The Akron Art Museum is hoping to celebrate its 100th birthday in a big way.

On Saturday morning, the museum announced a $25 million fundraising campaign — with a significant portion already raised — to celebrate the 2022 centennial anniversary.

The campaign, which has been "silently" underway for quite some time, will be in two phases.

Some of the money already raised was used to help complete the construction of the Bud and Susie Rogers Garden outside the downtown museum. The garden space opened with fanfare in July 2016.

Other money was set aside to, in the words of museum officials, "stabilize the financial health of the organization, creating a more robust endowment and operating fund from which the museum has seen tremendous growth over the last three years."

"Celebrating our history and investing in what makes this museum special sets the stage for all future endeavors, including welcoming a more diverse audience, breaking the barriers to accessibility and building upon our legacy of artistic excellence," said John S. Knight Director and CEO Mark Masuoka.

The $8 million lead gift from the John S. and James L. Knight Foundation was the catalyst for the most recent transformation of the museum, including investments in new artworks and utilizing more technology to enhance the visitor's experience and accessibility.

"The Akron Art Museum demonstrates how arts can make our city a better place," said museum and Knight foundation board member William Considine. "I am excited to see what they do next."

The next phase of the campaign will set the stage for the museum's centennial.

Items on the wish list include the creation of the Center for Creative Learning, which would be home to the museum's education and public programs in renovated space in the first floor of the building built in 1899. The center will allow guests to interact with artist collaborations and expand digital offerings.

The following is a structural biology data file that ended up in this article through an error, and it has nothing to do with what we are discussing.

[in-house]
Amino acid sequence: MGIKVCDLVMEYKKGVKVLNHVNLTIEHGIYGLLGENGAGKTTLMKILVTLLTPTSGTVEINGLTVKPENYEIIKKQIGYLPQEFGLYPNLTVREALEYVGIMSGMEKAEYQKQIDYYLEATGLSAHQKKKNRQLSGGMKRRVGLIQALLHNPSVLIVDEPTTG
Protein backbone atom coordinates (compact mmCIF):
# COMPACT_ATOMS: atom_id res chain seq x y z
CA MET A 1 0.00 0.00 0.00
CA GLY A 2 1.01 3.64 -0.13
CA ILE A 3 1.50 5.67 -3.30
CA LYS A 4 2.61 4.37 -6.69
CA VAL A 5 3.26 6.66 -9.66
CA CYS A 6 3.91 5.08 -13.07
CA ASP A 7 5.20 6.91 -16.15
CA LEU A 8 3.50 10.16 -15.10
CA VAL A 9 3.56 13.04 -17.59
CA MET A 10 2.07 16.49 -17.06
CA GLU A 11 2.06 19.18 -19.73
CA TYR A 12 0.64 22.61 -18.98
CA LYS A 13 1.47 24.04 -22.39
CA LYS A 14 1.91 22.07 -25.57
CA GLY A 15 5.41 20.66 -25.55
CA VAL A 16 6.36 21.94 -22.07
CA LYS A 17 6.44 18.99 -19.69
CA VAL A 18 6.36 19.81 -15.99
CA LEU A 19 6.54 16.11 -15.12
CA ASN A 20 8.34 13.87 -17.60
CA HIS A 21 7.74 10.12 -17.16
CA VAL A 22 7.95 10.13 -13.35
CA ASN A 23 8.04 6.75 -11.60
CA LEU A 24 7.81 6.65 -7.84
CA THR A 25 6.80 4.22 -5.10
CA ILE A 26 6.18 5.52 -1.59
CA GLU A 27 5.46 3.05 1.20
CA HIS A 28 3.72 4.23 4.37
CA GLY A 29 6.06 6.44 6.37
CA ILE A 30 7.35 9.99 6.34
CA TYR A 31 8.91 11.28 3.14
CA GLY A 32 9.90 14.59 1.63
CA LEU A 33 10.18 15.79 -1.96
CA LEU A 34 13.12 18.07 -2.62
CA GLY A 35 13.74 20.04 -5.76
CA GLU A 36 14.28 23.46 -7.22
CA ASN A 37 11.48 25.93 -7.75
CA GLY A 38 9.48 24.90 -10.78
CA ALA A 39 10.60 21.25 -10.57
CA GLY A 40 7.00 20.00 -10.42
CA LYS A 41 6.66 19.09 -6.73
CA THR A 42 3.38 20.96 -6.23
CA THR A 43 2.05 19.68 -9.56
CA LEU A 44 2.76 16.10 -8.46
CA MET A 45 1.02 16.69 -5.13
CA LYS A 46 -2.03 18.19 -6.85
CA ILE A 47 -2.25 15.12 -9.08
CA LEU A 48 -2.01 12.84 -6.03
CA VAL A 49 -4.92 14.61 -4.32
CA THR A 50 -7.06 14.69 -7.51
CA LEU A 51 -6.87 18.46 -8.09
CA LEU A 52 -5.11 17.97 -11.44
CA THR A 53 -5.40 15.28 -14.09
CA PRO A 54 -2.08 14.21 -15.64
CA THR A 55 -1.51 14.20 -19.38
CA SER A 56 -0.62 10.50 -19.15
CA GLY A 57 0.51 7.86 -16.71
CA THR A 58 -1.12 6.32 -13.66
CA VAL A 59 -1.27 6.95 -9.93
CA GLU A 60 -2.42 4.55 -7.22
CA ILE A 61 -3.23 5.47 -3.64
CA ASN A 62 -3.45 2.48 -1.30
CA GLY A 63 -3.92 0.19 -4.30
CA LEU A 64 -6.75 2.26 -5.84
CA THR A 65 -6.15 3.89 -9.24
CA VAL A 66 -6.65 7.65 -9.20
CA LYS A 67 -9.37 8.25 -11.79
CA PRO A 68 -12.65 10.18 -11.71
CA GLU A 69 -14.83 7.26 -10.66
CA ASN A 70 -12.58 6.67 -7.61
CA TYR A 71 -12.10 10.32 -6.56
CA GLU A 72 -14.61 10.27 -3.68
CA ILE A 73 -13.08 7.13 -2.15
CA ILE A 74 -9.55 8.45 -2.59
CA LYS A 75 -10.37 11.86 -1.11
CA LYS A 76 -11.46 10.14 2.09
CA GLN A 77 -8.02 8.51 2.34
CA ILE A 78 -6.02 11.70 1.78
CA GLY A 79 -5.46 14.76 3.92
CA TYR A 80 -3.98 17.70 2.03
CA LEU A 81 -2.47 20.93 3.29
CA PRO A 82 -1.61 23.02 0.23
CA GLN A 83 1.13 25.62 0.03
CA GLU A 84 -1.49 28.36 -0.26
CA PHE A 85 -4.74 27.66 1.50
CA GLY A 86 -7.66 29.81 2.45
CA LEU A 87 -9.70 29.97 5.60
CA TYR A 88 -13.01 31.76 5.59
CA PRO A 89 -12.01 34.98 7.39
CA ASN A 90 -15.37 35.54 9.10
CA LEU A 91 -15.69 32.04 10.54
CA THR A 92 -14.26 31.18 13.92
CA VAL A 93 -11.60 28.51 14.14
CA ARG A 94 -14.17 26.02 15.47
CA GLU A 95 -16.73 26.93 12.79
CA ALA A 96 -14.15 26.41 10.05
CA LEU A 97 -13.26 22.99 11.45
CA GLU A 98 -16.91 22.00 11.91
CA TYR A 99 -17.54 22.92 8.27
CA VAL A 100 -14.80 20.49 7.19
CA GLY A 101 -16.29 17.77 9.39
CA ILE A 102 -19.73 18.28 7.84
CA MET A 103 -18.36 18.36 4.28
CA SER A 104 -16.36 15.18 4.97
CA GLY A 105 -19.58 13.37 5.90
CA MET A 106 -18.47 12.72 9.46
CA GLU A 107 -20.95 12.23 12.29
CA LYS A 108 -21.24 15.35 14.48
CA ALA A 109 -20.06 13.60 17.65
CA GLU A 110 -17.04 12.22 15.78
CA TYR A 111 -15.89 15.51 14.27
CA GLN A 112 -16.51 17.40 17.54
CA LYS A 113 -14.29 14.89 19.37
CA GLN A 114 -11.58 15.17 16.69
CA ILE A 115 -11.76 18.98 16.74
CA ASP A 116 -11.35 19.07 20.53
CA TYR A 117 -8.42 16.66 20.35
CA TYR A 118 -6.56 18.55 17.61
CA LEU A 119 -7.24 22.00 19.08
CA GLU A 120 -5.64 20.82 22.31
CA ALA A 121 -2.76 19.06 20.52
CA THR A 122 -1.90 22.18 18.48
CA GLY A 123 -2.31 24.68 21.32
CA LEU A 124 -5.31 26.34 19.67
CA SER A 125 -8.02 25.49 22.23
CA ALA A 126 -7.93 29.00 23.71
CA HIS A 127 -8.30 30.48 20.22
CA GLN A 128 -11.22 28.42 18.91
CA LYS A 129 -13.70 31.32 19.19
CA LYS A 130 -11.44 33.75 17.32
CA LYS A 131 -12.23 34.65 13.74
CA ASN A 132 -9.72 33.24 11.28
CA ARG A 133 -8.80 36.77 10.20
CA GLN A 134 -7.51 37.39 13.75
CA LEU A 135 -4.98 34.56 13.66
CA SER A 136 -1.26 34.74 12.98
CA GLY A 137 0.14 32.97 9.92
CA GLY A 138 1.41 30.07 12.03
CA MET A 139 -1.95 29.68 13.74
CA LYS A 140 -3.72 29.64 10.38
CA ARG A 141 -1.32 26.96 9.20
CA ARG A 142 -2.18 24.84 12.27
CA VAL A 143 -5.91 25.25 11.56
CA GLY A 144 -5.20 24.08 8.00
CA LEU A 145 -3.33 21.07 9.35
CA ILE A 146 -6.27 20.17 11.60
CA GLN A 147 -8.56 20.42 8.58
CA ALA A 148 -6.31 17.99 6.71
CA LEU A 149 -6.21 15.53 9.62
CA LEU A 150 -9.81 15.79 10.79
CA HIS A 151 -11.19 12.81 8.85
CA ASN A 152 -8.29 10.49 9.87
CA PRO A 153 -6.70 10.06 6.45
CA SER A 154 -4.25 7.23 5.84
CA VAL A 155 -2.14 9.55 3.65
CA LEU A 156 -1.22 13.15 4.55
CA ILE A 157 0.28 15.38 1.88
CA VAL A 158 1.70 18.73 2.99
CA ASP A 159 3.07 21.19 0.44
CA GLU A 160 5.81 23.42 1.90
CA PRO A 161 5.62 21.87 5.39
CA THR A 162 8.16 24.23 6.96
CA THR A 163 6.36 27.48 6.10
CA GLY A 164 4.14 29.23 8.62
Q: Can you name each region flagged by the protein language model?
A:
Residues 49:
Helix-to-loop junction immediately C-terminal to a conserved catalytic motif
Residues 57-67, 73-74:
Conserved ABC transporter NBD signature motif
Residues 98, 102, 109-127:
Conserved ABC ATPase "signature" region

"The enduring support of this community for the Akron Art Museum has never been more important than it is today," said honorary campaign chair W. Gerald Austen. "Maintaining and achieving excellence while being ever more relevant benefits the Akron community and will continue to be our most pressing priority as we look forward to our centennial and beyond."

Another goal will be to create a fund that would support the planning and execution of education and public programs in the community to create opportunities for all residents to interact with the museum.

 "(My wife) Marilyn and I remember bringing our children to the museum for classes and to see the exhibitions," said Thomas Merryweather, honorary director of the museum. "Our daughter Melissa suggests it's what sparked her desire to become an artist and live abroad.

"Building an appreciation for art changes your perspective on everything."

The final goal is to enhance the museum's endowment to ensure it is around for another 100 years.

"Having invested over $70 million in downtown Akron over the last 13 years, we are excited to see downtown development in motion and look forward to being an active partner in Akron's cultural, civic and economic development," said Bruce Rowland, president of the museum's board of directors.

Recent contributions to the campaign include some $2.5 million in gifts from Fred and Laura Ruth Bidwell, Dana Pulk Dickinson and Thomas Merryweather.

Major gifts in the "silent" early campaign, in addition to the Knight foundation's, include grants from the Rick and Alita Rogers Family Foundation and The J.M. Smucker Co. Other contributors include Myrna Berzon, the Sandra L. and Dennis B. Haslinger Family Foundation, the Lehner Family Foundation, Herb and Dianne Newman, Rory and Dedee O'Neil and the state of Ohio.

So far $17 million has been raised toward Saturday's announced $25 million goal.

For more on the campaign and the museum, visit akronartmuseum.org.

 

Craig Webb can be reached at cwebb@thebeaconjournal.com.